An interesting photo essay published online by NPR the other day provides a reminder that the Dead Sea, a truly unique geographic feature and ecosystem, is still on the path to oblivion. Its shrinkage still stands at an alarming one meter or more per year — that’s the actual vertical drop in the water level, not the advance of the shoreline, which is greater.
Several solutions have been suggested over the past few decades, including canal-pipeline schemes (Med-to-Dead, Red-to-Dead) to connect the lake to other regional bodies of water, but none has been pursued thus far. The only real solution, in my opinion — which has never been seriously considered — is to restore the Jordan River/ Sea of Galilee system to its natural, free-flowing status, instead of ruthlessly tapping it to meet the water needs of the surrounding countries — Israel, Syria and Jordan — which was already well underway by the mid-1960s.
Anyway, I was shocked to learn that The Ein Gedi public beach, traditionally one of the most popular bathing spots on the Sea’s northern basin — has now been completely closed, apparently for some time! The reason: dangerous sinkholes related to the dissolution of salt-beds beneath the shore areas, a phenomenon already becoming a problem 20 to 30 years ago.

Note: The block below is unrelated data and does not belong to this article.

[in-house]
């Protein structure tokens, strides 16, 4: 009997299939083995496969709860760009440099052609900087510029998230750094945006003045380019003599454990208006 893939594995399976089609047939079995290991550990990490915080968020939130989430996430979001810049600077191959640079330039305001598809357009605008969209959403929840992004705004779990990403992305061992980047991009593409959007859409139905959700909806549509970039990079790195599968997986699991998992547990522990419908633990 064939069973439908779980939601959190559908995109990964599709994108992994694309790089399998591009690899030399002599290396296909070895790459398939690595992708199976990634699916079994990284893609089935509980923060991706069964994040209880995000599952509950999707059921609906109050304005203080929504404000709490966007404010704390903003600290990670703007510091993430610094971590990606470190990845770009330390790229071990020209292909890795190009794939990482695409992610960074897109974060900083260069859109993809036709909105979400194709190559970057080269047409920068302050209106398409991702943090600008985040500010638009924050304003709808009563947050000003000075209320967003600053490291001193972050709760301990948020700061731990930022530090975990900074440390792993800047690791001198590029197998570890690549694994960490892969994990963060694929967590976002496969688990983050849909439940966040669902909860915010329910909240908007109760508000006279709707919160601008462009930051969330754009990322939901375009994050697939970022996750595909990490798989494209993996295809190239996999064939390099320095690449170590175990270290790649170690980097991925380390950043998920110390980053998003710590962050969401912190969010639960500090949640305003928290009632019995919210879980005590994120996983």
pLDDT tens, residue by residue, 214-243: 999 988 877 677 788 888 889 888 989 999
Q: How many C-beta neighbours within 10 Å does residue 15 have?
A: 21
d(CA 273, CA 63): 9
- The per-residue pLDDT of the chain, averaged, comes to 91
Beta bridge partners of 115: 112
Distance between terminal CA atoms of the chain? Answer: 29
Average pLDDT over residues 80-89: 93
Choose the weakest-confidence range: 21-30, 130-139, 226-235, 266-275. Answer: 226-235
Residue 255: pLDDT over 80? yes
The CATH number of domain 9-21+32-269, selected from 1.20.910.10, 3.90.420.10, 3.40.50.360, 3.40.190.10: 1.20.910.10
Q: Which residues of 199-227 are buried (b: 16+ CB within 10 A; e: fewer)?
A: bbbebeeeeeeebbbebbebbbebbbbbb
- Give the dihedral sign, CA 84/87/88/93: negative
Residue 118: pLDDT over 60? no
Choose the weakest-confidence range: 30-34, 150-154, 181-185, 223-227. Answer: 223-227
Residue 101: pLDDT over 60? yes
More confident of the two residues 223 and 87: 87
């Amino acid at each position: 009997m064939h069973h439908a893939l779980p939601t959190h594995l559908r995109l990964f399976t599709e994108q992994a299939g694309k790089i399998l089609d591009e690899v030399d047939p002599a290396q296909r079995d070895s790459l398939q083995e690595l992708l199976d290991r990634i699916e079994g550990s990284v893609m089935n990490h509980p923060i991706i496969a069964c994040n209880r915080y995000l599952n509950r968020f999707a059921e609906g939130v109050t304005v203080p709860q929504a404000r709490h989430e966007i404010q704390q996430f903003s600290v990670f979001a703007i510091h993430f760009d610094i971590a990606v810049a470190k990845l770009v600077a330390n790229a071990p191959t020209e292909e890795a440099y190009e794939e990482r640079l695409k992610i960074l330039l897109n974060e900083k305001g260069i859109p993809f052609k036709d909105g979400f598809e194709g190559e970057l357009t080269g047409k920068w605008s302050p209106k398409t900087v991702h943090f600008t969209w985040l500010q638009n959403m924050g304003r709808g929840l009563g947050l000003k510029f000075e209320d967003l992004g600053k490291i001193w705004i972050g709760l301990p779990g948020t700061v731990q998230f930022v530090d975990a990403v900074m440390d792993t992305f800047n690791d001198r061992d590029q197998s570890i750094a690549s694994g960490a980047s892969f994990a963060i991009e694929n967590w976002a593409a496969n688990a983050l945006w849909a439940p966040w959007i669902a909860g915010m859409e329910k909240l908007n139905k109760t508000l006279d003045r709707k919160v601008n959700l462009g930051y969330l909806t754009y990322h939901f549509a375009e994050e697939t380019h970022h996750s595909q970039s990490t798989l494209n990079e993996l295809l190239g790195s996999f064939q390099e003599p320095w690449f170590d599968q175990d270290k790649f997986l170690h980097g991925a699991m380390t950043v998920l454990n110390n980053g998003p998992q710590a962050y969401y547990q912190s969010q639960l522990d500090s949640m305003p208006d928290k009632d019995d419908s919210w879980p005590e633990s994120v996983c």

One curious fact which I learned in my seemingly long-ago tour guide training: The Sea’s southern basin is today a completely separate body of water, with it’s own dynamics. Consisting solely of a series of evaporation pans for the commercial extraction of minerals, even its floor stands many meters above the surface of the northern basin, with the differential increasing all the time. In other words, it’s actually rising as water is pumped up and out of the northern basin into the southern, simply exacerbating the shrinkage of the former. In the south, the floors of the evaporation impoundments are constantly rising, from the accumulation of unwanted minerals that precipitate out. This situation is managed, after a fashion, by periodically dredging this material and piling into massive salt-berms that serve to contain the ever-rising water level! It’s really quite curious, and rather counter-intuitive.
So, whenever you see present-day photos of hotels near the Dead Sea shoreline, and bathers lounging near the water on a flat beach — it’s the southern basin. At least that was the situation 15 years ago, and I presume it’s the same today.
To view the NPR piece, follow the link: